LIVINGSTON -- The California Department of Public Health recently aired concerns about Livingston's recall election and its ability to provide safe drinking water to residents.
After the 2009 rate increases were abolished during Friday's special meeting, some of the organization's concerns have come to fruition.
In a letter from Carl Carlucci, a supervising sanitary engineer of the California Department of Public Health, to the city dated Sept. 15, concerns were raised about the recall and the utility rate increases that prompted it.
"It is important for the city to understand that if the city violates any of the drinking water regulations as a result of having insufficient funds to properly operate and maintain the water system, our department will take the appropriate enforcement actions," the letter declared.
The water, wastewater and garbage rate increases which passed last year were repealed Friday night to their previous levels. Critics have said those rates can't support an adequate water system without spiraling the city into a financial crisis.
The repeals all passed 4-1, with Councilman Frank Vierra voting no.
Utility rates -- including water, wastewater and garbage -- will return to a total flat rate of $58.50 a month for most people, said City Manager Richard Warne.
Before being repealed Friday, wastewater rates were at a flat rate of $54.50 and garbage rates were at a flat rate of $27.90, according to city records. Water rates were based on usage.
The decreased rates will have a big impact on the city's budget.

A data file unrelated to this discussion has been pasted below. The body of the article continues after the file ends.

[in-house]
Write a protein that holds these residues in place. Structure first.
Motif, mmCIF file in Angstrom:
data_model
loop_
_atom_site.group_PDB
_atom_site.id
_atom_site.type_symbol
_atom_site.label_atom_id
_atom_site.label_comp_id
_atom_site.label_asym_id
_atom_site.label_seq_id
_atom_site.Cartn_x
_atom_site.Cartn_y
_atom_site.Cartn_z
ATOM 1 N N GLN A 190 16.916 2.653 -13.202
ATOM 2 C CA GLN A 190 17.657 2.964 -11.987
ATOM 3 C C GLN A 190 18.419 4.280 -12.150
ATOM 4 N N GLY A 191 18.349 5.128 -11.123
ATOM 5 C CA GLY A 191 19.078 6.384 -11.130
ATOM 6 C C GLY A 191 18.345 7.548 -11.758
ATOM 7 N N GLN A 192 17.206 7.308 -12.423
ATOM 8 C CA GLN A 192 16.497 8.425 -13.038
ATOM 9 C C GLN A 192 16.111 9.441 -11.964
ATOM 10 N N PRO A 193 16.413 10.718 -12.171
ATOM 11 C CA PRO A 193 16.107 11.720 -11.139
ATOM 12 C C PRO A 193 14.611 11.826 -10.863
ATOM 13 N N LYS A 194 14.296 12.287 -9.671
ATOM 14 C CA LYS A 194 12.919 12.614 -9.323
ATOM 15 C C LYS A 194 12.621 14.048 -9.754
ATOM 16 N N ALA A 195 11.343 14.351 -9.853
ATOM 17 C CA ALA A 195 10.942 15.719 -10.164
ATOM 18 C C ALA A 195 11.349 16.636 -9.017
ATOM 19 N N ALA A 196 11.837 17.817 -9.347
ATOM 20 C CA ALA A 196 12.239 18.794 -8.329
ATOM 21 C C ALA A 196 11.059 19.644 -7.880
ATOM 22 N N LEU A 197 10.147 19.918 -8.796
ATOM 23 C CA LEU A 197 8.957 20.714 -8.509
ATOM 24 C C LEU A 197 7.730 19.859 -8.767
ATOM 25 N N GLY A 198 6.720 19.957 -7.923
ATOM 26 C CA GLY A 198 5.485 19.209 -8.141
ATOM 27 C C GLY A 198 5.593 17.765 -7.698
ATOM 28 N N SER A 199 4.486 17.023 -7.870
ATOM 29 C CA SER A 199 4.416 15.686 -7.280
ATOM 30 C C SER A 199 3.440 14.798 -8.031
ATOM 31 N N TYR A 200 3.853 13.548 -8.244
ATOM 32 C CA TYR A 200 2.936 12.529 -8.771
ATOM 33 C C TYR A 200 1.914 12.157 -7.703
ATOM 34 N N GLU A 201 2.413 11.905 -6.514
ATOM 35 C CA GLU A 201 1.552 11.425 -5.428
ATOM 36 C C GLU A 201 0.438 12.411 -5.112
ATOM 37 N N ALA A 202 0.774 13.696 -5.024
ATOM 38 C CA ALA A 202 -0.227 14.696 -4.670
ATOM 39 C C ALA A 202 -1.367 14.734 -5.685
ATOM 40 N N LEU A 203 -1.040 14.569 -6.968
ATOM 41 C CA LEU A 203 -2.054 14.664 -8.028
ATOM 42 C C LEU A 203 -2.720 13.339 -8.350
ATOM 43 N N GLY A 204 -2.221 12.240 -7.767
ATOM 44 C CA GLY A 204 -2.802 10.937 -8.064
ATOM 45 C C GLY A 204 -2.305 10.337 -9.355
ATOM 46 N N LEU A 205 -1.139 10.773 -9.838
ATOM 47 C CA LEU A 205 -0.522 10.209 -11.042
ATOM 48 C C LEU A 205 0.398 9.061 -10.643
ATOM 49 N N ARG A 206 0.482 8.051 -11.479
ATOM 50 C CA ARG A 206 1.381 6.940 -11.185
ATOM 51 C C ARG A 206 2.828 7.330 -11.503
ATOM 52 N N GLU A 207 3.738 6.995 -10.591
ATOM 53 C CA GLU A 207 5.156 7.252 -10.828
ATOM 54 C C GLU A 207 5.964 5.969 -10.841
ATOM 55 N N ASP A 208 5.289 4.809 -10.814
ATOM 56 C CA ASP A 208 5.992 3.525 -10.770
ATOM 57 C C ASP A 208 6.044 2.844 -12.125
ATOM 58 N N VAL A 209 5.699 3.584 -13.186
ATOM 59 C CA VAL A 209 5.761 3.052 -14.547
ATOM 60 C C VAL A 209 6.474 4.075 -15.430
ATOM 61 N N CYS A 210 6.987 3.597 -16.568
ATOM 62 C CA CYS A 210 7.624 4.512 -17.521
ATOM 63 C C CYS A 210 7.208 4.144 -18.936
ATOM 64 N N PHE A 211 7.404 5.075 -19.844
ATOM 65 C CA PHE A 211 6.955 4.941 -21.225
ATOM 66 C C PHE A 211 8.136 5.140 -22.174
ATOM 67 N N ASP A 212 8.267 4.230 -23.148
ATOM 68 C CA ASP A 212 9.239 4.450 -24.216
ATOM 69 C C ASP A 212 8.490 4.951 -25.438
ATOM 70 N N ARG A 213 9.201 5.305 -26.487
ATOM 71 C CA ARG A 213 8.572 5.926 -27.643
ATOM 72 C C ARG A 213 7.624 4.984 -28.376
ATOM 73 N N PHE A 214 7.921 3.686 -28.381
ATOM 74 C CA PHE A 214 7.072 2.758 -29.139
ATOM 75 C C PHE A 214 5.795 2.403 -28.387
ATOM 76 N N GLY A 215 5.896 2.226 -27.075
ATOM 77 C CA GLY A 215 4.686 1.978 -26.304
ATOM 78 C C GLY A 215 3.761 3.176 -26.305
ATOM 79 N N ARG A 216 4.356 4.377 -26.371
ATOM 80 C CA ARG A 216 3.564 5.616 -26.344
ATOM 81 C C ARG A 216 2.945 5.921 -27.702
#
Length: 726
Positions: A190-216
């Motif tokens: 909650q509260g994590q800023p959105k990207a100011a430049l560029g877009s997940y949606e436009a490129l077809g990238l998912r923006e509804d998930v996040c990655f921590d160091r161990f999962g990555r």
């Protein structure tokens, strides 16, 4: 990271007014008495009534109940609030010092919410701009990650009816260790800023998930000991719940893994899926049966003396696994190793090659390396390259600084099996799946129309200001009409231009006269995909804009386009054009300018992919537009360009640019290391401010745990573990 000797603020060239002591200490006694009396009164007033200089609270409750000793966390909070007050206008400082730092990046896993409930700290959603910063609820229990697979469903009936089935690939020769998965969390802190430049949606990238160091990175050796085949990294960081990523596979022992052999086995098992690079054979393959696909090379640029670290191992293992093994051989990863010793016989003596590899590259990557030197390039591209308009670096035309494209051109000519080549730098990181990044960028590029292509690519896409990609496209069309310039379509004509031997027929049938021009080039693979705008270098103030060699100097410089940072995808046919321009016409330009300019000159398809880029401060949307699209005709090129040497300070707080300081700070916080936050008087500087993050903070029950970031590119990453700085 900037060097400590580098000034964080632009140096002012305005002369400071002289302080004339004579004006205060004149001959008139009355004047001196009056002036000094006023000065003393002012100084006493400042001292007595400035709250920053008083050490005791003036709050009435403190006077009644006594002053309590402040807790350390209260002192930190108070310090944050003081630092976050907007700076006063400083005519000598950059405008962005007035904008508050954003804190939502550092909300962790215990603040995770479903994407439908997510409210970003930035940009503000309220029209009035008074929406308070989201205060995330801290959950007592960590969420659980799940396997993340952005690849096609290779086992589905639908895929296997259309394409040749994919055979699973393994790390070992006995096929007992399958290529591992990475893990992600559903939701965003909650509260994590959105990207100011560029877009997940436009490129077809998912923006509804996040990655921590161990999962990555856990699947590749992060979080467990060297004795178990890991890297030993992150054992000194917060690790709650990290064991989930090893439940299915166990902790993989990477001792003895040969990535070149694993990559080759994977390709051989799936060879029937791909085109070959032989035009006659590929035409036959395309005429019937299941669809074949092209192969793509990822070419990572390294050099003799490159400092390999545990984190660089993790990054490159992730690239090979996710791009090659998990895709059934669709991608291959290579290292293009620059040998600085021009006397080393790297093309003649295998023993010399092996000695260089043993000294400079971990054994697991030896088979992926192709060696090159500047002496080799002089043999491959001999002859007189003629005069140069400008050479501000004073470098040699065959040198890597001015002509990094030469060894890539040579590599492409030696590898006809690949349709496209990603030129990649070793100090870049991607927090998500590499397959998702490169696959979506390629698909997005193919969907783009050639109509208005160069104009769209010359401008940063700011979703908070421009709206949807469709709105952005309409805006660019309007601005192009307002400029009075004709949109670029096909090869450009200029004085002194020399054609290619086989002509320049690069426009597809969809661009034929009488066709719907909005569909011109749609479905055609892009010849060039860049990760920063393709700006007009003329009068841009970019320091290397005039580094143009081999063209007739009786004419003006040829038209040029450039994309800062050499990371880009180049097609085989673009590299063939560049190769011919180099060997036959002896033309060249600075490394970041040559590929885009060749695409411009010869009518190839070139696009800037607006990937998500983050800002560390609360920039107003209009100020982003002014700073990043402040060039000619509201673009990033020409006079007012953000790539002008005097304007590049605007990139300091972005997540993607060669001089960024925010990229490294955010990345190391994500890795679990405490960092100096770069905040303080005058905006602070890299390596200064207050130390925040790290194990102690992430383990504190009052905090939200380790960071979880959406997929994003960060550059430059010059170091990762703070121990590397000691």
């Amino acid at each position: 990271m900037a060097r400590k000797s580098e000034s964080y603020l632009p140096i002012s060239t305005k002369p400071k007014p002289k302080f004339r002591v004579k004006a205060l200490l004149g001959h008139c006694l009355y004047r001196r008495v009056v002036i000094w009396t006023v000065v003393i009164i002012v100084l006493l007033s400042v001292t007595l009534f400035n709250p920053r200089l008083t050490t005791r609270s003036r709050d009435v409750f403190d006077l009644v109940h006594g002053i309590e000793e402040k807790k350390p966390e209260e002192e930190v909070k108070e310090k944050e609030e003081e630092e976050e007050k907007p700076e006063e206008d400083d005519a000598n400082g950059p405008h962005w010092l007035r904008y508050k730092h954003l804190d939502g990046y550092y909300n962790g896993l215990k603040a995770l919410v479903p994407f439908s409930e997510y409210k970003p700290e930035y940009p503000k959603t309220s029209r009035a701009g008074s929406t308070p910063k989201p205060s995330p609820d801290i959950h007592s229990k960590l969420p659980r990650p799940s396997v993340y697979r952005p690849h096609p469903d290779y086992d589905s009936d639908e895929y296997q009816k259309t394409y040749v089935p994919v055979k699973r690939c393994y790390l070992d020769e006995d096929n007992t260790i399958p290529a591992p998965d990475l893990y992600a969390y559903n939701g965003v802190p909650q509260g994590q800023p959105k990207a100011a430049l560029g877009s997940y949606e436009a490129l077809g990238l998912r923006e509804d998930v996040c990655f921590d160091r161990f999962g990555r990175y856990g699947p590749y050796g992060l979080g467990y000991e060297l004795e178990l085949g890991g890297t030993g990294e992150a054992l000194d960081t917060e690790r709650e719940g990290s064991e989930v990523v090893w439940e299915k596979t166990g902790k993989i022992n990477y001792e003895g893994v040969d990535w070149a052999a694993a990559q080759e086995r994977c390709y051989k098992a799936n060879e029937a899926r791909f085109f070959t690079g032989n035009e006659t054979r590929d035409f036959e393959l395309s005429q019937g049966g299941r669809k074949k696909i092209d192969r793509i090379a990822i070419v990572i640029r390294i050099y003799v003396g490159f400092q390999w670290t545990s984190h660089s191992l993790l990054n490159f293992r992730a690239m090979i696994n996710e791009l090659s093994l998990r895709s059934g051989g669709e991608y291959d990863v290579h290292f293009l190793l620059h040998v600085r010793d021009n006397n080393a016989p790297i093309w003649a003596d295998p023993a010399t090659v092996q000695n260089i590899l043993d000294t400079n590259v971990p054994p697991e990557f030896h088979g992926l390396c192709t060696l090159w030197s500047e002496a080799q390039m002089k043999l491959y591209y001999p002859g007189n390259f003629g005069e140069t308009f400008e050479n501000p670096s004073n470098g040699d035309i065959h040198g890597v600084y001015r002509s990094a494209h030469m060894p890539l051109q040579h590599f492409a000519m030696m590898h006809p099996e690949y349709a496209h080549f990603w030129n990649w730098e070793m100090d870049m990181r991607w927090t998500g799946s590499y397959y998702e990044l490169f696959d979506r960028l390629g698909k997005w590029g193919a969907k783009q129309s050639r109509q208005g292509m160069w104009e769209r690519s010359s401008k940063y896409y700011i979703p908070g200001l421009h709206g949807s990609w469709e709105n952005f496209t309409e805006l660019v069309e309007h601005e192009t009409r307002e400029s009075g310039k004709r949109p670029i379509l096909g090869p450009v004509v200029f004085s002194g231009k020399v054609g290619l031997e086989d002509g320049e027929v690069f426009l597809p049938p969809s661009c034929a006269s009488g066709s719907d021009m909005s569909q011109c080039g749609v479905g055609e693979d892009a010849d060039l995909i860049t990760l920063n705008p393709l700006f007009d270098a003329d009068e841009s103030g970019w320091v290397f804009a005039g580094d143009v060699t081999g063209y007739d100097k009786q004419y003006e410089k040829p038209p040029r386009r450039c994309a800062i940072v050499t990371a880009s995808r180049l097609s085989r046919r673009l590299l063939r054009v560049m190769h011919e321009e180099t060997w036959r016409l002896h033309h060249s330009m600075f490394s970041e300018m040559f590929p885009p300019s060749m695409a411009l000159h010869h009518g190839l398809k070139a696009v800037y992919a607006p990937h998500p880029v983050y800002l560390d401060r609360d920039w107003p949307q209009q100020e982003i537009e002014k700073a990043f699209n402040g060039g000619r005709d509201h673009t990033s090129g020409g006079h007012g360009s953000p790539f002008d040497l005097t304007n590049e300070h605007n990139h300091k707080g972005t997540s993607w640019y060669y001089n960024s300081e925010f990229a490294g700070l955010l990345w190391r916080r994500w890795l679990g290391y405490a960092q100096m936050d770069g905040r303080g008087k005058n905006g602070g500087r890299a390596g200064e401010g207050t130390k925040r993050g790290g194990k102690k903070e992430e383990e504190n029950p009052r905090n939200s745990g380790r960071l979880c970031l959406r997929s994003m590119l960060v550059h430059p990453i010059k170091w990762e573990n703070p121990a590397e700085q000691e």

"We'll be deficit-spending again in all three funds," Warne said.
As of Monday, the city's water deficit is $1,108,913.89, the wastewater deficit is $519,957.98 and the sanitation deficit is $455,531.63, according to city records.
Carlucci received copies of the city's 2009 Water Rate Study Report, Independent Auditor's Report for the fiscal year that ended June 30, 2009, and the city's 2010-11 budget.
The possible lack of financial capacity could have an adverse effect on needed improvements, such as the capital improvement needed at well 15, which has high levels of manganese that exceed the secondary drinking water standard, according to Carlucci's letter.
"Our office is concerned that the city will not have adequate financial capability to provide for the ongoing operation, maintenance and upgrading of the system if the water rate increase is eliminated and the rates are rolled back to 1995 levels," according to the letter.
Mayor Rodrigo Espinoza, an early advocate of repealing the utility rate hikes, said he hasn't had a chance to sit down with officials of the California Department of Public Health to address their concerns.
There's a possibility that the council will increase the utility rates again in the future to help balance the funds, but any increases would be smaller and more manageable than what was passed in 2009, he added.
As long as the funds generate enough revenues to justify the services the city needs to fix some of its infrastructure to maintain quality water, then the state health department should be satisfied, Espinoza said.
For now, the city's drinking water is deemed by the California Department of Public Health as safe to drink, but providing it at such a low cost could change that if city officials aren't careful.
Reporter Mike North can be reached at (209) 385-2453 or email@example.com.